First-party data is generally used to optimize targeting for a marketing campaign. It can relate how people arrived at your website, where they visited, how long they stayed and what they clicked on before they left.
In some cases, such information can be used to fine tune aspects of sales, says Palo’s digital media director, Jim Komara. Through Google Analytics, he can look at how customers got to the cart page, how many entered a shipping address and how many made it to the checkout page.
“We can look at how many people made it there and bailed out,” he explains. “That could tell you if your shipping is too high because a lot of people got all the way there and then decided not to finish the process.”
Information gleaned from your website can then be combined with automated marketing systems such as HubSpot or SharpSpring to create hyper-targeted campaigns.
“When you have the data to know what certain segments are and what they’re doing in certain places, you can create messages specifically for them,” says Prodigal’s Jessica Thompson, director of business development. “You can get a lot more personalized messages because you know who you’re talking to and what they want to hear.”
Jeff Ryznar, owner of 898 Marketing in Canfield, adds that while digital information is easily accessible, it isn’t the only information that factors into the creation of a digital marketing plan. When creating a strategy with a client, he says that information drawn from employees can be just as valuable.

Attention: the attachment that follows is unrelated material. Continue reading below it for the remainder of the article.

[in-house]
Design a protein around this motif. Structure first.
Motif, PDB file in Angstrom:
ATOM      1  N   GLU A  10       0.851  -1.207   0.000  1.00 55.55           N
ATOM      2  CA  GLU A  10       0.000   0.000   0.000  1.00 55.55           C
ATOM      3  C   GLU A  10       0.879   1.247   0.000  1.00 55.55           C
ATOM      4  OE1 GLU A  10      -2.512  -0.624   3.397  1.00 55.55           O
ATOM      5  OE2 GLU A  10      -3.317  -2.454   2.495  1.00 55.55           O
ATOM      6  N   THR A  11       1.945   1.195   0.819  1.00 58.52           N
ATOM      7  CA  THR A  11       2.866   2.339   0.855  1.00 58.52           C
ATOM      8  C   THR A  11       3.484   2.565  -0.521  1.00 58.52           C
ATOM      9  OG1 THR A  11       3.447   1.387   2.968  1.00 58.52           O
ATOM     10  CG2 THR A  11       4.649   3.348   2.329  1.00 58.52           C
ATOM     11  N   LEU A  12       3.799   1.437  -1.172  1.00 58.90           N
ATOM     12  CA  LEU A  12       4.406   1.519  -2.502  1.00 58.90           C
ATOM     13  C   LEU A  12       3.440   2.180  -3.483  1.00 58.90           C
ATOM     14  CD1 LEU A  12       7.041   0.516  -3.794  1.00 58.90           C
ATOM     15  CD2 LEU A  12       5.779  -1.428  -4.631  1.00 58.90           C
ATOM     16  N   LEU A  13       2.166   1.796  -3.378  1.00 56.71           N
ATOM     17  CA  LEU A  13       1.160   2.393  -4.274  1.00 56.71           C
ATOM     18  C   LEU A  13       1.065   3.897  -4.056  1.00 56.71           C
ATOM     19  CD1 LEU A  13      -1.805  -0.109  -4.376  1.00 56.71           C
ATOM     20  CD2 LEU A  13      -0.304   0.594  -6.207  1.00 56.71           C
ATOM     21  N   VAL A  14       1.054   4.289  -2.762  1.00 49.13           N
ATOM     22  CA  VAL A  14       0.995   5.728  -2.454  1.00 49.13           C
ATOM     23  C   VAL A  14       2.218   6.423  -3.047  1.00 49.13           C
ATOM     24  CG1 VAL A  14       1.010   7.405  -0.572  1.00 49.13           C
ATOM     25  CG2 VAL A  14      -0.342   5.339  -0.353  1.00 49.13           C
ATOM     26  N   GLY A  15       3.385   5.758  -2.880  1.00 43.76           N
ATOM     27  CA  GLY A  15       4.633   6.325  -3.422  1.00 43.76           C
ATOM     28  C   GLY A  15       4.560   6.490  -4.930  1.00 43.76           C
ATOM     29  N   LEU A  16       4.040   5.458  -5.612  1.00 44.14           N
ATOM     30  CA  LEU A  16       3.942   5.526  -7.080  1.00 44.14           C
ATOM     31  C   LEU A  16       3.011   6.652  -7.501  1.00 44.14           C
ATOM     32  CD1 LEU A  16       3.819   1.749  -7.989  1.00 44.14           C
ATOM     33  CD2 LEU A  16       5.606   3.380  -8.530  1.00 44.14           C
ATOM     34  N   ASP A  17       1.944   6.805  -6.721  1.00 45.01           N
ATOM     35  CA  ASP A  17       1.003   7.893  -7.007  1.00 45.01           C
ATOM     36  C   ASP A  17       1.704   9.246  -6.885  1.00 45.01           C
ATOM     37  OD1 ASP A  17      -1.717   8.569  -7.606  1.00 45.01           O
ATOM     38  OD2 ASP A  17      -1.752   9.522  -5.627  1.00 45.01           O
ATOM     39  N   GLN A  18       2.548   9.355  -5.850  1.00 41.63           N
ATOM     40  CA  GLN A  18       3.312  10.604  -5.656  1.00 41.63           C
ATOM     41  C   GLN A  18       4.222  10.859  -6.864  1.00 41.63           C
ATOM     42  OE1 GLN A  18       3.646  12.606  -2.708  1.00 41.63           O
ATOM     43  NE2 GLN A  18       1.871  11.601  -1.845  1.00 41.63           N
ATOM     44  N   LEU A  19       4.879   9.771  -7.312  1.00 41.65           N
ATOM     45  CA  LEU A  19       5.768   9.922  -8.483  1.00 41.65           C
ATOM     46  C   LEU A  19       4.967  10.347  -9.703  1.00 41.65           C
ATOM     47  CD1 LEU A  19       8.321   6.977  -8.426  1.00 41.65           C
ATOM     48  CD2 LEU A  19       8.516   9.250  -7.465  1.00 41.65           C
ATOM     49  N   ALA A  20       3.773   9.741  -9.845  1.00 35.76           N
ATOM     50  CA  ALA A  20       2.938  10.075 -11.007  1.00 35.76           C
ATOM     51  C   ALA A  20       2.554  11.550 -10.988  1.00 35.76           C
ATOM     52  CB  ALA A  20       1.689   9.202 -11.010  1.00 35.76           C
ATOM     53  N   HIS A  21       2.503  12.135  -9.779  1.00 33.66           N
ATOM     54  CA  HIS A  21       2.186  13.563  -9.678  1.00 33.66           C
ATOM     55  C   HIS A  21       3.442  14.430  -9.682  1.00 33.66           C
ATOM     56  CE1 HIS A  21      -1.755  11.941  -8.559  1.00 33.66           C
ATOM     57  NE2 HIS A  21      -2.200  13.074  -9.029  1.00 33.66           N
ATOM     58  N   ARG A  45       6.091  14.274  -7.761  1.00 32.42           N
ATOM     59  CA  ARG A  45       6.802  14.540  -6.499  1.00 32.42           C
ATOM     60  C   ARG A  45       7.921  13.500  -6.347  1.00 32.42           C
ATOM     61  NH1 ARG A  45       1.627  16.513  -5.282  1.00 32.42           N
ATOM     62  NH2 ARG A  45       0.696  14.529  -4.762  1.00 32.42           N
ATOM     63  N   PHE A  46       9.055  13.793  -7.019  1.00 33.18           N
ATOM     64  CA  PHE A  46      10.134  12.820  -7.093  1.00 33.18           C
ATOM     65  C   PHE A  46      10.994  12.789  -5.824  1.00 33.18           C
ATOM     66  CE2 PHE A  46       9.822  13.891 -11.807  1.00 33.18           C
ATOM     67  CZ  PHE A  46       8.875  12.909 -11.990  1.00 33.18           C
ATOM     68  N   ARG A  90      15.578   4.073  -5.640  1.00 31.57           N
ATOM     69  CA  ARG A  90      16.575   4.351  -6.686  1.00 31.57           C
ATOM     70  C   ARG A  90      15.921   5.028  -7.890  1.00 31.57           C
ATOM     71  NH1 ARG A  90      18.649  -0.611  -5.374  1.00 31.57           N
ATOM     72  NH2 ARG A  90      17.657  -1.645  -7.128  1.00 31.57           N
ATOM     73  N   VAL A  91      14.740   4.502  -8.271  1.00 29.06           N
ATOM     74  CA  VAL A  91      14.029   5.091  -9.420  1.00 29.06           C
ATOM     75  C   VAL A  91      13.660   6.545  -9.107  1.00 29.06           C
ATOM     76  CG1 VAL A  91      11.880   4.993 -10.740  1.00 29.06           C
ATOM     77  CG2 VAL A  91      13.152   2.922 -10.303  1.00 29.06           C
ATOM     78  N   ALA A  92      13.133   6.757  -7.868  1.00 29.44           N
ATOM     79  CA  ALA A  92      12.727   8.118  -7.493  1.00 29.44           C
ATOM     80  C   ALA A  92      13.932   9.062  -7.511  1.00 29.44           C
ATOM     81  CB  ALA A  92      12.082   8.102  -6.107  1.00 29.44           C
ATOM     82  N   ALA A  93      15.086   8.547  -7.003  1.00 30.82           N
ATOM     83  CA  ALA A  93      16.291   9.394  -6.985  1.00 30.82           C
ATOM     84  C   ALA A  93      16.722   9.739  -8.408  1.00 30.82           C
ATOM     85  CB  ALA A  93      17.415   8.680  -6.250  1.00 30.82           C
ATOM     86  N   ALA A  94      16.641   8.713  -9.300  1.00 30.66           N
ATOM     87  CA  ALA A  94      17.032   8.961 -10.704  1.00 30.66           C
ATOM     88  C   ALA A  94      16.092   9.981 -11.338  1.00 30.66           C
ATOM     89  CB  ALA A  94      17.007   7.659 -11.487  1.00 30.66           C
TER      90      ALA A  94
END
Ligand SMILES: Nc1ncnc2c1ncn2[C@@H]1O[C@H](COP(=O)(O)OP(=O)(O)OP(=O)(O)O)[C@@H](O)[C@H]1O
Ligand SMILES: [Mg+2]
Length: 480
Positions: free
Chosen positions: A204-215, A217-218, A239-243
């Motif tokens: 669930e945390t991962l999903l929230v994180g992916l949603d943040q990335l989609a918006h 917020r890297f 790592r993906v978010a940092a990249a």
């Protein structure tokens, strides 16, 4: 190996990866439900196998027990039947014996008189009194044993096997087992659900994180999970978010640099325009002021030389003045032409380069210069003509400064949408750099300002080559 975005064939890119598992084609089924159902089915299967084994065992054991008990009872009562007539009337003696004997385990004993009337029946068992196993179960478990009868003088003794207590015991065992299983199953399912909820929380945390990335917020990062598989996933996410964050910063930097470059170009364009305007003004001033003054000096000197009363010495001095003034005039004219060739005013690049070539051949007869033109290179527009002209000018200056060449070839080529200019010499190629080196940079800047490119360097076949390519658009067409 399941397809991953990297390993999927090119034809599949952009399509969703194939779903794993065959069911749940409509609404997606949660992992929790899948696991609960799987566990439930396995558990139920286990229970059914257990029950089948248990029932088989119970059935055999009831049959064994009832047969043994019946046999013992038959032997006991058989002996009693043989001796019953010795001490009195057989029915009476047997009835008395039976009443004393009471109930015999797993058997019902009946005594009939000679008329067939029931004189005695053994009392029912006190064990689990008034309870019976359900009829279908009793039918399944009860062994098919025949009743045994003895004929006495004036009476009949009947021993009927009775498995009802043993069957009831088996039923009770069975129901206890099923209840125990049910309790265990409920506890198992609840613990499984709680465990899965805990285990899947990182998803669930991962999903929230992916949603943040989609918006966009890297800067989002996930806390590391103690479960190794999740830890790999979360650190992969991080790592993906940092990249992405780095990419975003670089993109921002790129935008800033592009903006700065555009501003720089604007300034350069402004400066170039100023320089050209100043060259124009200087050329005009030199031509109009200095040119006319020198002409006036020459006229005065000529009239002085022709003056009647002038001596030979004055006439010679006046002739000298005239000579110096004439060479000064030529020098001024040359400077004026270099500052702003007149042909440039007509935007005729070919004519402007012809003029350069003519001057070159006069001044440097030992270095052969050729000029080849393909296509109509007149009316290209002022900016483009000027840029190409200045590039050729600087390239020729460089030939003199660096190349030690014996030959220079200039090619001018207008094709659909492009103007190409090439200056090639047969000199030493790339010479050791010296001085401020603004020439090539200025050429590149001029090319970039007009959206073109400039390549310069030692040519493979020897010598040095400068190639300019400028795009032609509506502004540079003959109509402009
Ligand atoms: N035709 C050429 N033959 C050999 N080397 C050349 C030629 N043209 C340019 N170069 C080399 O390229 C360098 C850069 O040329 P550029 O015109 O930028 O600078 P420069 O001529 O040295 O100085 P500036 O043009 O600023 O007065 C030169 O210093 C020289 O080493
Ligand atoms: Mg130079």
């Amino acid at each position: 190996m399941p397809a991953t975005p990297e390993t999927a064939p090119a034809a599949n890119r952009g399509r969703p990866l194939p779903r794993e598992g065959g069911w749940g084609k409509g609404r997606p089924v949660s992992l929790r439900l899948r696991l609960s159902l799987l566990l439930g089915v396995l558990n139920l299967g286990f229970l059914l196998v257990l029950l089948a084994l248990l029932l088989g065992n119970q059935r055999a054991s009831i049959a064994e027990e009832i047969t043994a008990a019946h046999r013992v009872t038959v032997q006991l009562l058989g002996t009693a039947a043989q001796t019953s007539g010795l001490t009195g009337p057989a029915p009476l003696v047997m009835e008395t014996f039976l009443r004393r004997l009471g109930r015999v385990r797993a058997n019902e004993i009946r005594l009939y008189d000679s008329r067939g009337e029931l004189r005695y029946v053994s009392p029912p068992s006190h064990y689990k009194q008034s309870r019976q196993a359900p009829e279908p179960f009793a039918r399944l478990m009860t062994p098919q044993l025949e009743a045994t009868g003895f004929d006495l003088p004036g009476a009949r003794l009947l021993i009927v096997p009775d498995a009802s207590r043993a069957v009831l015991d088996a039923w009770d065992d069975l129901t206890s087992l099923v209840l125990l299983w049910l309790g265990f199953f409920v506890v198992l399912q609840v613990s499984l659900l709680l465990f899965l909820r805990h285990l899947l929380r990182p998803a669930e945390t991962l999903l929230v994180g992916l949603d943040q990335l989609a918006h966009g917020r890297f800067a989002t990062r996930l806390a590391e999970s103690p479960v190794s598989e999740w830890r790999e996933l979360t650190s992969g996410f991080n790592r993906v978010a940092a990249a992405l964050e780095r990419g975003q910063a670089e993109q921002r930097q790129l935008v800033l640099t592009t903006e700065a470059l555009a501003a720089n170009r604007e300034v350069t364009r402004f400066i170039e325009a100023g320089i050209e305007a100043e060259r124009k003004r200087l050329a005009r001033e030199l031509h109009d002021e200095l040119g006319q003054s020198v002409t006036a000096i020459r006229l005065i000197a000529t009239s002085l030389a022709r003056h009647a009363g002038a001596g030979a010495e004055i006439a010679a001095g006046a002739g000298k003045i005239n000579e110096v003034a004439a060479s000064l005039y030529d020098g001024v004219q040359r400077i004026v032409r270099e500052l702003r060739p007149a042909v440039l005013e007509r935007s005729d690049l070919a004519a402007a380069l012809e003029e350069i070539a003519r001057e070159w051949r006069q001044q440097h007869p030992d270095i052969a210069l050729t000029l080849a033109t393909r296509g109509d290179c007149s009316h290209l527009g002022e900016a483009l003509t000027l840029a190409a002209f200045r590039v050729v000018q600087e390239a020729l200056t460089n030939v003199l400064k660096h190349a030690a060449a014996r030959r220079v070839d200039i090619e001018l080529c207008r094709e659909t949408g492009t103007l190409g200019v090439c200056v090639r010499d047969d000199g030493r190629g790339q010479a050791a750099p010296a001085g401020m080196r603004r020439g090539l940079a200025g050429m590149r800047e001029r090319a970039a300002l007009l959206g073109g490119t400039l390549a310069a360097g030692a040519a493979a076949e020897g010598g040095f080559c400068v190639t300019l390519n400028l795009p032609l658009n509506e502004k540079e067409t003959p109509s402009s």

“You also use sales data and talk with partners to understand their closing rates and behaviors and sales process internally,” Ryznar says. “It’s not all data you can get from data or digital channels. Sometimes you have to go to their store or office and learn how they measure things.”
That information is vital, he continues, because the standard measure of success for a digital marketing campaign is the financial return, whether determined by return on investment, the cost per action or improved efficiency.
“We know with absolute specificity when we’ve converted somebody. We can create a list of human beings that we know we drove [to the site] and that gets crosschecked with sales and revenue numbers,” says Actionable Insights’ Wood. “Because we start with data and we know who we’ve sent, we can figure out the specific ROI.”
When creating a startegy, Palo’s Komara says, it’s best to assign a dollar value to goals.